Fertility in Kenya and Uganda: A comparative study of trends and determinants.


Blacker, J; Opiyo, C; Jasseh, M; Sloggett, A; Ssekamatte-Ssebuliba, J; (2005) Fertility in Kenya and Uganda: A comparative study of trends and determinants. Population studies, 59 (3). pp. 355-73. ISSN 0032-4728 DOI: https://doi.org/10.1080/00324720500281672

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Abstract

Between 1980 and 2000 total fertility in Kenya fell by about 40 per cent, from some eight births per woman to around five. During the same period, fertility in Uganda declined by less than 10 per cent. An analysis of the proximate determinants shows that the difference was due primarily to greater contraceptive use in Kenya, though in Uganda there was also a reduction in pathological sterility. The Demographic and Health Surveys show that women in Kenya wanted fewer children than those in Uganda, but that in Uganda there was also a greater unmet need for contraception. We suggest that these differences may be attributed, in part at least, first, to the divergent paths of economic development followed by the two countries after Independence; and, second, to the Kenya Government's active promotion of family planning through the health services, which the Uganda Government did not promote until 1995.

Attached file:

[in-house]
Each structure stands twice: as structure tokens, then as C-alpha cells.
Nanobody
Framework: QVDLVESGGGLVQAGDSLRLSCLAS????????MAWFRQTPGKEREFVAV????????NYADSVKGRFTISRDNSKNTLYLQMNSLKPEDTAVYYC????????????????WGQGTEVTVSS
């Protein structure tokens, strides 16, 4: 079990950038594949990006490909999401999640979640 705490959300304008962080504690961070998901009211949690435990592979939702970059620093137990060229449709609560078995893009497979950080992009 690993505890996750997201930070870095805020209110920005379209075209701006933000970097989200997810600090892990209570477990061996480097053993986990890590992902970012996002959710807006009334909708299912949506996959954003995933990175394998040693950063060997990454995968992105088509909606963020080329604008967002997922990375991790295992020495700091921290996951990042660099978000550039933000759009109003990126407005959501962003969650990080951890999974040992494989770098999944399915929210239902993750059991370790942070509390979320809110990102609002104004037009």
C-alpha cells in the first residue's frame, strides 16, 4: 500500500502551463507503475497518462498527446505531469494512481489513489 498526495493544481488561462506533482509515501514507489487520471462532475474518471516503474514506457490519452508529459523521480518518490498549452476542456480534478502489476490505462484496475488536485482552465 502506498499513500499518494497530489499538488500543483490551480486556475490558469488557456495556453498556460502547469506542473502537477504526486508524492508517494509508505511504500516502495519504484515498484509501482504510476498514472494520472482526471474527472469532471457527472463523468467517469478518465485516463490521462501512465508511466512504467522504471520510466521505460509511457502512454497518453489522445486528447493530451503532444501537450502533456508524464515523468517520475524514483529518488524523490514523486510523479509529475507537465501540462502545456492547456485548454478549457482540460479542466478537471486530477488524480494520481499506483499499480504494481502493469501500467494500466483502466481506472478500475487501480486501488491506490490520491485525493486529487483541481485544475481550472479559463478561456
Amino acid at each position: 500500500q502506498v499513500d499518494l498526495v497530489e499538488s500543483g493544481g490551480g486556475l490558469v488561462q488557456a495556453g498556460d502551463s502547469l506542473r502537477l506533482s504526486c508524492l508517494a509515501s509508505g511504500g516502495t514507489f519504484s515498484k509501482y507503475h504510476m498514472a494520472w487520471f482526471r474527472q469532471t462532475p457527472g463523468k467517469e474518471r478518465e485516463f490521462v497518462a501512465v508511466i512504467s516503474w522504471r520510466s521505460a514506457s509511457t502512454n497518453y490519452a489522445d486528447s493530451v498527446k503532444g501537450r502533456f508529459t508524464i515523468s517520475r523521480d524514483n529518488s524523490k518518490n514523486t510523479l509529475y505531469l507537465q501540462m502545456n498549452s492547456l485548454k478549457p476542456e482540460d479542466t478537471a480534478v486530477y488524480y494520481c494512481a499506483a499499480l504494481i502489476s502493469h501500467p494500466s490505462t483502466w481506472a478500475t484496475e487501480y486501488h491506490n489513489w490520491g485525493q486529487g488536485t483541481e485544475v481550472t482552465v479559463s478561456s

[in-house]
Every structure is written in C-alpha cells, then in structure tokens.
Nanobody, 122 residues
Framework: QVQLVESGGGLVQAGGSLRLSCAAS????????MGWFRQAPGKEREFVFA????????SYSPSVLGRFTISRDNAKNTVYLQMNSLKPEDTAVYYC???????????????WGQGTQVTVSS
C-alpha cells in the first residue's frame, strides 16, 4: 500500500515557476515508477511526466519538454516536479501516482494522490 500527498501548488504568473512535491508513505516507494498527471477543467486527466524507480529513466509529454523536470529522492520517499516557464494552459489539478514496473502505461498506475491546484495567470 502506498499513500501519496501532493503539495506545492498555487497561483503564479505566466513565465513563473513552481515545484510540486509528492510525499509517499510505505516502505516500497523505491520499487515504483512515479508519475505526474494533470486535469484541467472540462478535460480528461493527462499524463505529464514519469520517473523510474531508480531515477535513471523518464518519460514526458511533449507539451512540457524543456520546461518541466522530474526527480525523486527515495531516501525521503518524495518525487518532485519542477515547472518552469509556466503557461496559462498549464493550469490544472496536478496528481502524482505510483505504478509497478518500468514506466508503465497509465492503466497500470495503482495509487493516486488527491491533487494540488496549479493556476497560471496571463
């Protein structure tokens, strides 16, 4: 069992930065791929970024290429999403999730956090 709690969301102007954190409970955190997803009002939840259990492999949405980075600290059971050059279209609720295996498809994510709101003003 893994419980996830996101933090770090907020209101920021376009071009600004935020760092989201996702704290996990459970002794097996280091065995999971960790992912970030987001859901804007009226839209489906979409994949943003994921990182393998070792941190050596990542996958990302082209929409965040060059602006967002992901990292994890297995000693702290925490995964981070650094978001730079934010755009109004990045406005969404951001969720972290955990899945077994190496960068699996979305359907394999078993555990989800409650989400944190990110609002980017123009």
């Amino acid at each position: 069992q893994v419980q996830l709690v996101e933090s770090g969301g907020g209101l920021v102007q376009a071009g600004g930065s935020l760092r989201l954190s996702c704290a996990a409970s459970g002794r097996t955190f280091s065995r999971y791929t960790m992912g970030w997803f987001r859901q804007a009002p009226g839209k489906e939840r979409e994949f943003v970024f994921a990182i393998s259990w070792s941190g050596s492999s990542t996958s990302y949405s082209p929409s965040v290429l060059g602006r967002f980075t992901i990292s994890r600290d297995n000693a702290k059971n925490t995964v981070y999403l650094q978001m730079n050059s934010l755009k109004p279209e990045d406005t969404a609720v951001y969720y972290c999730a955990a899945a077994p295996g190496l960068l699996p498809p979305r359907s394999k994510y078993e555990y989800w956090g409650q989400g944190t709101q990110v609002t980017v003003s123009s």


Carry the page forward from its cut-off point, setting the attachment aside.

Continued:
Item Type: Article
Faculty and Department: Faculty of Epidemiology and Population Health > Dept of Population Health (2012- ) > Dept of Population Studies (1974-2012)
Faculty of Epidemiology and Population Health > Dept of Population Health (2012- )
Research Centre: Centre for Maternal, Reproductive and Child Health (MARCH)
Population Studies Group
PubMed ID: 16249155
URI: http://researchonline.lshtm.ac.uk/id/eprint/12528

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